'Feedback is a compelling influence on learner achievement. When teachers seek, or at least are open to what learners know, what they understand, where they make errors, when they have misconceptions, when they are not engaged- then teaching and learning can be synchronised and powerful. Feedback to teachers makes learning visible' Hattie, J. (2009). Visible learning, Oxford, UK:Routledge, p173
Feedback is a key element of the incremental process of ongoing learning and assessment. Providing frequent and ongoing feedback is a significant means of improving achievement in learning. It involves the provision of information about aspects of understanding and performance and can be given by practitioners, peers, oneself and from learners to practitioners. Effective feedback assists the learner to reflect on their learning and their learning strategies so they can make adjustments to make better progress in their learning.
Reporting to parents and families commonly occurs at least twice per year in a formal written statement from the school. Involving parents and families in the learning process by providing them with more frequent feedback about their child's learning progress and strategies they may use to assist their child improve has been shown to be effective in improving student achievement.
Effective feedback is designed to determine a learner's level of understanding and skill development in order to plan the next steps towards achieving the learning intentions or goals.
model of an effective feedback process
Feedback provides the practitioner and learner with evidence about current knowledge and skill development. Understanding about the learner's progress and level of achievement enables the practitioner to make decisions about the next steps to plan in the learning program. It enables the learner to reflect on their learning strategies to confirm them or make changes to improve their learning.
Read more about
giving and receiving feedback.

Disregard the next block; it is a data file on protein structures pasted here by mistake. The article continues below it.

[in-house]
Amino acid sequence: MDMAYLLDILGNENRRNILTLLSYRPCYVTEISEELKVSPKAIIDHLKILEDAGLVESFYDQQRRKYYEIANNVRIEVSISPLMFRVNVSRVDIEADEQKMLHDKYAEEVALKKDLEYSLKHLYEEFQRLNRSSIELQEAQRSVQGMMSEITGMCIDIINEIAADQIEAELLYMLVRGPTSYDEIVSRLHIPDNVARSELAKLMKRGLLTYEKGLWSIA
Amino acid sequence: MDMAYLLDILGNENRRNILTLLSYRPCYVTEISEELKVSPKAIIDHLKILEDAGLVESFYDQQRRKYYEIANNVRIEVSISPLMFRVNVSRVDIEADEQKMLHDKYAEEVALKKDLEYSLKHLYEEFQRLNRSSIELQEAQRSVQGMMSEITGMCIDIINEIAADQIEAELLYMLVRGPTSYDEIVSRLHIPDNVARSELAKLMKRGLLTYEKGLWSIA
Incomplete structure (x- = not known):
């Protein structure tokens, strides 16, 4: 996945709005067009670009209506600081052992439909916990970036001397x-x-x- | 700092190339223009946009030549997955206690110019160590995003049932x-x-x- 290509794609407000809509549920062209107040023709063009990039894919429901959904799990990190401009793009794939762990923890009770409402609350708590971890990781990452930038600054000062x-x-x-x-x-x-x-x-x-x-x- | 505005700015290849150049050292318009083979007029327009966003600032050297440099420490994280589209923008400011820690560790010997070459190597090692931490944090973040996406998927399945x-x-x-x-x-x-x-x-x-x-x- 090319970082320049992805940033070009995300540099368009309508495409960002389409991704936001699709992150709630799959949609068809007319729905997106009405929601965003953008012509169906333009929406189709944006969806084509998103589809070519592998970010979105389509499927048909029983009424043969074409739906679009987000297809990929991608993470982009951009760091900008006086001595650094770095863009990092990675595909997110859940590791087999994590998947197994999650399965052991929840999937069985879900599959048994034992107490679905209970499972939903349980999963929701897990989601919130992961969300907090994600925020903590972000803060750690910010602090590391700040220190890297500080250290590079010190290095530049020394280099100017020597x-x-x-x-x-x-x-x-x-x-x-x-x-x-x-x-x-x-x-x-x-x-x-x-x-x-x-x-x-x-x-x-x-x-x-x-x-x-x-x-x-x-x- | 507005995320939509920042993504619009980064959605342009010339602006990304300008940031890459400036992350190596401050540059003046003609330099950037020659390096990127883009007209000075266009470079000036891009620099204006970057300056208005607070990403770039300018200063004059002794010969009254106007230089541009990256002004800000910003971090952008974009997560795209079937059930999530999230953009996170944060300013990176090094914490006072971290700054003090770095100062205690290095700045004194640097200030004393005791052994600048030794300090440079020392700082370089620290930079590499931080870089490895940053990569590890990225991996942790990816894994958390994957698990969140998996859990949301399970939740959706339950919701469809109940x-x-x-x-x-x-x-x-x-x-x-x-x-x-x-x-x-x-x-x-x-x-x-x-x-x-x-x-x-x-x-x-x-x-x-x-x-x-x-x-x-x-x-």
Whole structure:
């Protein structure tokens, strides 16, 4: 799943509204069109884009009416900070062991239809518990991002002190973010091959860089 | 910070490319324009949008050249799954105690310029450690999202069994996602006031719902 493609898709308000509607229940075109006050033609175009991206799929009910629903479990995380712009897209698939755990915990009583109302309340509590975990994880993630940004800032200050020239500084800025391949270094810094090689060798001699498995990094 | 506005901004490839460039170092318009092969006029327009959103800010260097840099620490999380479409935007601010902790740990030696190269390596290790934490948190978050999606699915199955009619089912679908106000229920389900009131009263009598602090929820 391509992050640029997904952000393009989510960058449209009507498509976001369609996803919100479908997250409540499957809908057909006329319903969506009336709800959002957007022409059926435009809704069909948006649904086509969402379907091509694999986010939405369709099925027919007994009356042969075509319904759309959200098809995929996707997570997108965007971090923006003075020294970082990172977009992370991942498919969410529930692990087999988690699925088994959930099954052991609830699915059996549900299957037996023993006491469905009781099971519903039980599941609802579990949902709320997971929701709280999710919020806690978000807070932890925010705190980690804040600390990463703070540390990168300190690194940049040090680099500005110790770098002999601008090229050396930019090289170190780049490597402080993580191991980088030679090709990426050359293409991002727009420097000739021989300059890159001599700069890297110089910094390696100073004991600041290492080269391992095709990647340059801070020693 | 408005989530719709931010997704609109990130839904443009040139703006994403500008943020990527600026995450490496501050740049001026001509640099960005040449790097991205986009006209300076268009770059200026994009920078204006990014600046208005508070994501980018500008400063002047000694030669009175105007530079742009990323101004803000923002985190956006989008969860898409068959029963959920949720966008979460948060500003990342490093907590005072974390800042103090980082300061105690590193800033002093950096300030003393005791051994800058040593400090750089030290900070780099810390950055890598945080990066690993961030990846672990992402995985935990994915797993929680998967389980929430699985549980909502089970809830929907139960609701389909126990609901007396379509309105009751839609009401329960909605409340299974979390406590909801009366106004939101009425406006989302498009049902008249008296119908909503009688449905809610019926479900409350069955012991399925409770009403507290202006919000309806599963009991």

There are six key characteristics of effective feedback that contribute to learners making solid progress in the learning.
Read more about the
key characteristics of effective feedback.
Effective feedback is understood by the recipient and motivates them to want to learn more effectively.
tips for giving effective feedback.
Much feedback is informal such as through questioning, discussion, observation. Many tools are available to assist practitioners to gather such evidence (eg traffic lights and which face tools). Sometime more permanent evidence of where a learner is at on the learning continuum is required in order to reflect on and demonstrate progress over time. Many tools are available to assist practitioners to collect such evidence.
Digital portfolios or ePortfolios are useful tools for enabling learners to maintain a permanent record of their learning journey and they provide practitioners with a readily accessible record of the learner’s self-assessments and reflections on their learning strategies.
Read more about digital portfolios.
Greenstein demonstrates how to provide specific and concise descriptive feedback on learner’s work.
Chappuis discusses the features of effective feedback with a focus on younger learners and offers succinct advice on how to put it into practice.
Dorothy Spiller discusses some of the issues involved in the implementation of the feedback process.
Hattie and Timperley summarise research on feedback and develop a model for effective feedback in the classroom. They discuss types of feedback, especially that which enables students to become more self-directed and internally motivated and what the evidence suggests about how best to implement feedback in the classroom.
In this article x explains how descriptive feedback improves student learning and she provides tips for providing better quality feedback to learners.